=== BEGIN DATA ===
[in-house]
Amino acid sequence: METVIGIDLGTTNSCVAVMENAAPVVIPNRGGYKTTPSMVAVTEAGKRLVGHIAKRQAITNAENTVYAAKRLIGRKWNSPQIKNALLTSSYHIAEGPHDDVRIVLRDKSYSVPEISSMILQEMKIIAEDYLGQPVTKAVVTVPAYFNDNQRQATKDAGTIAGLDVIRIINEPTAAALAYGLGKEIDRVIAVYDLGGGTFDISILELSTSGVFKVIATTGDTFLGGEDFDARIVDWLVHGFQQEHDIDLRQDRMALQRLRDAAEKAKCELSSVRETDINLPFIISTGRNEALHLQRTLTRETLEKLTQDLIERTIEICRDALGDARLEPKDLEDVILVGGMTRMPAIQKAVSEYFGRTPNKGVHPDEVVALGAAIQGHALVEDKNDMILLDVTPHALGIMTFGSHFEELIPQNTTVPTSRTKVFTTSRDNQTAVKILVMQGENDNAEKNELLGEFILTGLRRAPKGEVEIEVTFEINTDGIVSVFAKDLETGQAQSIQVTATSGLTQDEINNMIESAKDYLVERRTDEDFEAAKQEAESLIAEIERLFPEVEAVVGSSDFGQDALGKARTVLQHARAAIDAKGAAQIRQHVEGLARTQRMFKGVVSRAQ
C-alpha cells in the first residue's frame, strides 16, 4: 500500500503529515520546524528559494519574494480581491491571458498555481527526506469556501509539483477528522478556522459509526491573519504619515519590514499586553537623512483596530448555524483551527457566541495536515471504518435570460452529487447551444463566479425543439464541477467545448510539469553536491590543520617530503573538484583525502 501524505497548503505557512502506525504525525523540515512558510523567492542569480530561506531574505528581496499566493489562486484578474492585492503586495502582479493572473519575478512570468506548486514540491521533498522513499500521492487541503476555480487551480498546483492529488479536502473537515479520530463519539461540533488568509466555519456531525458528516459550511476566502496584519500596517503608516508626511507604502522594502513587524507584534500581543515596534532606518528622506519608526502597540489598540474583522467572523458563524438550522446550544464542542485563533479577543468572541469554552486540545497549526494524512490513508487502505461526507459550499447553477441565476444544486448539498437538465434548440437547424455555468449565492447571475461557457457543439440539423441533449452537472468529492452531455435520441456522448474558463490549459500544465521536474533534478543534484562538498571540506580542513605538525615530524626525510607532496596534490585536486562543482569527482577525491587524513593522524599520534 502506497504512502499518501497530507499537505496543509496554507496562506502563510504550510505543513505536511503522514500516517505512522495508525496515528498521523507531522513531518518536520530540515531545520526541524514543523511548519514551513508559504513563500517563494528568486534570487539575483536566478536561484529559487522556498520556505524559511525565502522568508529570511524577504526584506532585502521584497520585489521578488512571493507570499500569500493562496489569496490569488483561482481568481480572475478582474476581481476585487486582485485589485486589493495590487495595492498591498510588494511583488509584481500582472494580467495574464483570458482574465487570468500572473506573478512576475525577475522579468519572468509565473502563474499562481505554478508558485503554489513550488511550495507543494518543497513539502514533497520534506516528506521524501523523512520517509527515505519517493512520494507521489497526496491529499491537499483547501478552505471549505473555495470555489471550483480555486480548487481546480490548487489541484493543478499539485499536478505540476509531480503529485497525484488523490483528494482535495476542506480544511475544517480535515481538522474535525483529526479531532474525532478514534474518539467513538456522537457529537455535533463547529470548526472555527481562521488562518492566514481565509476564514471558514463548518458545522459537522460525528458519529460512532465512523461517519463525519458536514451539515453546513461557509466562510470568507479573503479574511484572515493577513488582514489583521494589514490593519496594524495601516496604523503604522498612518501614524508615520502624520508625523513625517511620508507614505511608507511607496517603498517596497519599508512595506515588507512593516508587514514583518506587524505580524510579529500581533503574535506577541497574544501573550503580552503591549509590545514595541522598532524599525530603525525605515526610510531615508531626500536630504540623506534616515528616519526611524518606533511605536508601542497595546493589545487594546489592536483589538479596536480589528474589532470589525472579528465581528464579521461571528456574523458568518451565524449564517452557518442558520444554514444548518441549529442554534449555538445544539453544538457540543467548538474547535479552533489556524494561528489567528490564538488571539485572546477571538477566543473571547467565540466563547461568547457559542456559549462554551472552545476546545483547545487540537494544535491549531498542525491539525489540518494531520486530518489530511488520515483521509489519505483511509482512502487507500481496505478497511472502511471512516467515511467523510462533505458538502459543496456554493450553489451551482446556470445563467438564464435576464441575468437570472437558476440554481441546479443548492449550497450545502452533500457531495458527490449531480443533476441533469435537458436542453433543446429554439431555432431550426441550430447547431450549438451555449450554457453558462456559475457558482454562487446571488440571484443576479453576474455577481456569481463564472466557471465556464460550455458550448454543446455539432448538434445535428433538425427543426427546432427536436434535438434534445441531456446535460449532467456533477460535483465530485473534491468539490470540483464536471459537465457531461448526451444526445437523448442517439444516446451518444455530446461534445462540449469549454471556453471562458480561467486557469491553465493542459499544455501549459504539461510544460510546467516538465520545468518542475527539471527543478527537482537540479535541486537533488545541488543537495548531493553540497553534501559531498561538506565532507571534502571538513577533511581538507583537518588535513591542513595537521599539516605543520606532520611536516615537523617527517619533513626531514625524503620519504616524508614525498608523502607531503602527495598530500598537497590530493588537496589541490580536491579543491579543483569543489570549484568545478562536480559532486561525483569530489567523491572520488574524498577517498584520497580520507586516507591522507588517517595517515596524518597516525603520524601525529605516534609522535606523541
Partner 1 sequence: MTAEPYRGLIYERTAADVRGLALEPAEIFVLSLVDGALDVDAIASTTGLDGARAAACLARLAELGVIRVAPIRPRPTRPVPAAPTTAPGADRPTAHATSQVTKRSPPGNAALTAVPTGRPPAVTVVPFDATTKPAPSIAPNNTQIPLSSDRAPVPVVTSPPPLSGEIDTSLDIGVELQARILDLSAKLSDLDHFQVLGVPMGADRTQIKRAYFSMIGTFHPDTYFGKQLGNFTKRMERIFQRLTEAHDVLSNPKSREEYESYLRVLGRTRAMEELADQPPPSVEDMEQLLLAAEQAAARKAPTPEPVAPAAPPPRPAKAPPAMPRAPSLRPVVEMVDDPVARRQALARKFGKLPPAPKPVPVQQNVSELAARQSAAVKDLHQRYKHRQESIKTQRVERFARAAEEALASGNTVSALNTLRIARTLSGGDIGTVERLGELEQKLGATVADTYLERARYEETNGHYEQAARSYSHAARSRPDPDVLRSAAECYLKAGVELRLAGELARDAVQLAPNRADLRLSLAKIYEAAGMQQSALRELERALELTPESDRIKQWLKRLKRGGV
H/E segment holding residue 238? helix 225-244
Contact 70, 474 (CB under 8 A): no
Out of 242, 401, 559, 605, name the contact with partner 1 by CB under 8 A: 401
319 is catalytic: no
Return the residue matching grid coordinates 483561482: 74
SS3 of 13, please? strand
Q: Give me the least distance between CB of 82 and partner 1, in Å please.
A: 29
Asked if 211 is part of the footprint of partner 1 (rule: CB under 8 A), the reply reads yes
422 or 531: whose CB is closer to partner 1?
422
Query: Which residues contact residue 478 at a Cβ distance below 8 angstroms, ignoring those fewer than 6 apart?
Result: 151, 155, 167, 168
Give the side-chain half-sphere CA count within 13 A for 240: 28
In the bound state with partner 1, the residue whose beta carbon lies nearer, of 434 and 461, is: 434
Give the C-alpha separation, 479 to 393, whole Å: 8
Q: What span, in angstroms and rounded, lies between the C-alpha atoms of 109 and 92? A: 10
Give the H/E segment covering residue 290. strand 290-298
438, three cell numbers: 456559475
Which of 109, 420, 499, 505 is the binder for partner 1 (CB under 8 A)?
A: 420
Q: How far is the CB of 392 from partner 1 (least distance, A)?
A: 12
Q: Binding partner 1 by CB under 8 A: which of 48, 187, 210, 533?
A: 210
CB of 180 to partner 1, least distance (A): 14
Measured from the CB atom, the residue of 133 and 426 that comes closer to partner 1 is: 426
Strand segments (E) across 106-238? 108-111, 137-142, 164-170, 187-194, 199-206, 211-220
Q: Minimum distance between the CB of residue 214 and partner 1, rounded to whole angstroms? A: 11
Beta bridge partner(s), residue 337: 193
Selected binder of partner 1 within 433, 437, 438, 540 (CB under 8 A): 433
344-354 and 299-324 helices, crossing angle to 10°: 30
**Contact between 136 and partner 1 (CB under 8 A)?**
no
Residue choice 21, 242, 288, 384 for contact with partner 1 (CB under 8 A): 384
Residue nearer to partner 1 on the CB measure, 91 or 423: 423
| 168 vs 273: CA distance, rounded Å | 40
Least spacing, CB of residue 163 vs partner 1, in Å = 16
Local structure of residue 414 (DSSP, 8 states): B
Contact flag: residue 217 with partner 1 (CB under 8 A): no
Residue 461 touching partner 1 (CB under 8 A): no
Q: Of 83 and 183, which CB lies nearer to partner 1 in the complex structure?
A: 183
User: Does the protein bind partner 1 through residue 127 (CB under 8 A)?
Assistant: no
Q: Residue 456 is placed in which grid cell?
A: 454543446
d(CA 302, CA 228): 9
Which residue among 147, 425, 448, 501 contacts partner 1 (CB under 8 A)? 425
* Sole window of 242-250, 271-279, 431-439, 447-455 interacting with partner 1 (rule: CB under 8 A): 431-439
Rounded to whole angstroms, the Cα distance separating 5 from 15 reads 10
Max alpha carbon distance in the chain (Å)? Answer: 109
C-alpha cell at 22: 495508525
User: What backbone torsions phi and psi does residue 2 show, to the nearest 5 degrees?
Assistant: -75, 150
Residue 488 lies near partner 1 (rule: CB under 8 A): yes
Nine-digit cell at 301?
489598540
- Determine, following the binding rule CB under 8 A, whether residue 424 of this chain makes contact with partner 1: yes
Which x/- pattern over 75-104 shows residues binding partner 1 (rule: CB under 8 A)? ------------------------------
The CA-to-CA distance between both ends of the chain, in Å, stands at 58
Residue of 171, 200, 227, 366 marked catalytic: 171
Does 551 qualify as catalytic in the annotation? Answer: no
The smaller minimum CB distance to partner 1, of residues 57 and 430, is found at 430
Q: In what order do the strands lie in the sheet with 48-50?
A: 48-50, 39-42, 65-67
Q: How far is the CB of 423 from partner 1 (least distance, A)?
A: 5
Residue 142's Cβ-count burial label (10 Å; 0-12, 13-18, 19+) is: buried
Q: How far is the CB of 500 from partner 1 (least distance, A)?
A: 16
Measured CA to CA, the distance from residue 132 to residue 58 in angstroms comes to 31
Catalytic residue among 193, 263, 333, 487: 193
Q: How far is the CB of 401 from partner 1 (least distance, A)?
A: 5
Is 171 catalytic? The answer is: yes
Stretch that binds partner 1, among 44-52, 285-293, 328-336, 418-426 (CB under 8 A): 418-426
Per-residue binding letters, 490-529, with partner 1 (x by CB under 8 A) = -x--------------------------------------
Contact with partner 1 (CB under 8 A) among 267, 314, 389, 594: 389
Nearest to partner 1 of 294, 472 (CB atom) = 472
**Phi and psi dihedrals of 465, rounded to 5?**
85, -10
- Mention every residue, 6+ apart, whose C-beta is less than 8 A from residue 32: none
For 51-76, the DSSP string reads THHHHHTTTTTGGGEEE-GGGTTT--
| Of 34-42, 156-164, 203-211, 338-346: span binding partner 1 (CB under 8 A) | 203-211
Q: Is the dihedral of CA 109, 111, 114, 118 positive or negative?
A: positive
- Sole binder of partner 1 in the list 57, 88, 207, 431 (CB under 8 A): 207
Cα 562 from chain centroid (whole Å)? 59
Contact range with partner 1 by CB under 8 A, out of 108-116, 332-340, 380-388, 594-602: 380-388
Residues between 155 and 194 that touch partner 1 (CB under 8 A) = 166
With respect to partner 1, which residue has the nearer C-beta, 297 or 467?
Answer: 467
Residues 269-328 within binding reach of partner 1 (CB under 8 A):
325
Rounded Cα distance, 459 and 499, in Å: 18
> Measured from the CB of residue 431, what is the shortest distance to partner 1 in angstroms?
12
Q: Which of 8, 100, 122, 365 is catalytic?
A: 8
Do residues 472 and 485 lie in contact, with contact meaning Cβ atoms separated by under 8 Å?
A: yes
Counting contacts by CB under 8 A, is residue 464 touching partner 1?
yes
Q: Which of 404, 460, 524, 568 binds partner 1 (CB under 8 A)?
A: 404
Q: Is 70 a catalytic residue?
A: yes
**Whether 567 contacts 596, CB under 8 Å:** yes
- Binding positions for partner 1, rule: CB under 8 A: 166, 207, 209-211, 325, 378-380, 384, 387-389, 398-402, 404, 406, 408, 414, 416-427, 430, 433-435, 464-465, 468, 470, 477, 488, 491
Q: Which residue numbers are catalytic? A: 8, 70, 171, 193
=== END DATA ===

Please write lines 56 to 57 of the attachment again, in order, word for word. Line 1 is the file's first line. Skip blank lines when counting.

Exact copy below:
Max alpha carbon distance in the chain (Å)? Answer: 109
C-alpha cell at 22: 495508525